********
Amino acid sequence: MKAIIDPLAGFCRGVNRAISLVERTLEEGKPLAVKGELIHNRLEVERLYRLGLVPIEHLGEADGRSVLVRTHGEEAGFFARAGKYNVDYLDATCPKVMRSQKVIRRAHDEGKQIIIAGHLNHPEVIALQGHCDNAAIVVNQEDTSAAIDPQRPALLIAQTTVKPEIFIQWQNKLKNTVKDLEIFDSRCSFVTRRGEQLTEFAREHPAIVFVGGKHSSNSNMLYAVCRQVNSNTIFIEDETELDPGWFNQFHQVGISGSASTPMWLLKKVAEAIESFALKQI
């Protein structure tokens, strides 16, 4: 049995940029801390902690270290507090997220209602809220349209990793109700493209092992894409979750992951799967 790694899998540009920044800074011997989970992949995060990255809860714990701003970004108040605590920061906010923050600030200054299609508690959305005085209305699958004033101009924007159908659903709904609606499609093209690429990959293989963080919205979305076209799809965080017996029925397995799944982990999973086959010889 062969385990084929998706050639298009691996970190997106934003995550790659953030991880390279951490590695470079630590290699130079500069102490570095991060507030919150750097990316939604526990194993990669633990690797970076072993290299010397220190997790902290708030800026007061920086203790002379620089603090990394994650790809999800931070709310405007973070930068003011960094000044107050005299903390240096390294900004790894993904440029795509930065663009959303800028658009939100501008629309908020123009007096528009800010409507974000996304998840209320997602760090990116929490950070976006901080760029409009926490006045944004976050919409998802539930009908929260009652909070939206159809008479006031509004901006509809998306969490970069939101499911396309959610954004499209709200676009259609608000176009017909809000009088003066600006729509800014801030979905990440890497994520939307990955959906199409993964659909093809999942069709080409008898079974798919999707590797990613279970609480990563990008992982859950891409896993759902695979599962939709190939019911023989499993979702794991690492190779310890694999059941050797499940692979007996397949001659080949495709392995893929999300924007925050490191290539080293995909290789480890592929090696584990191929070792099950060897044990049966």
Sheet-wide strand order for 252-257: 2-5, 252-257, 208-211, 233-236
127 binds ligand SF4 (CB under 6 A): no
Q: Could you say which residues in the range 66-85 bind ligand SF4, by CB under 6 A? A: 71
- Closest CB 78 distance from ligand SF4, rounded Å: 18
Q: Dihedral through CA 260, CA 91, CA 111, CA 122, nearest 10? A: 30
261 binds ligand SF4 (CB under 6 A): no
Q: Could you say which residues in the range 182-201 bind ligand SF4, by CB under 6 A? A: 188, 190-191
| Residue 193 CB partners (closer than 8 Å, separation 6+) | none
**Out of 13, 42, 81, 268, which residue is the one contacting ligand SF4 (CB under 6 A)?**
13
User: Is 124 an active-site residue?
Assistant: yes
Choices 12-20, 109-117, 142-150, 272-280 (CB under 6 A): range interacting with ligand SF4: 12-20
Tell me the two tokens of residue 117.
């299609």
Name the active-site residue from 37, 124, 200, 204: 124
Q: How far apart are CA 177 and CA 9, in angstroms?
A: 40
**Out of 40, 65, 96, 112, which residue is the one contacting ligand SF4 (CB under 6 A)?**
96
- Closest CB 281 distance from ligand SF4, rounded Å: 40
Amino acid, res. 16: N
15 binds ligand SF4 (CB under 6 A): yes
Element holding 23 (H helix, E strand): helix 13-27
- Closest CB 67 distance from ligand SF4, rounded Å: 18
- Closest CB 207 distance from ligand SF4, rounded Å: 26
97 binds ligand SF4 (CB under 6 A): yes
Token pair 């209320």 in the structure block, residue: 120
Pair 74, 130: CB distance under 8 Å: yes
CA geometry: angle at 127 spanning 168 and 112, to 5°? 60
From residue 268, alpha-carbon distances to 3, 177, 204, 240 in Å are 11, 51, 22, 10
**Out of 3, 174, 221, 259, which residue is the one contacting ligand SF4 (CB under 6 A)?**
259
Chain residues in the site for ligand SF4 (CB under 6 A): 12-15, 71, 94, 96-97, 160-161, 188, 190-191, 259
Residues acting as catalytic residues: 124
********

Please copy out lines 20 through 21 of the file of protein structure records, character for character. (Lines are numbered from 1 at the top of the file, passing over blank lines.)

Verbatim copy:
A: 40
**Out of 40, 65, 96, 112, which residue is the one contacting ligand SF4 (CB under 6 A)?**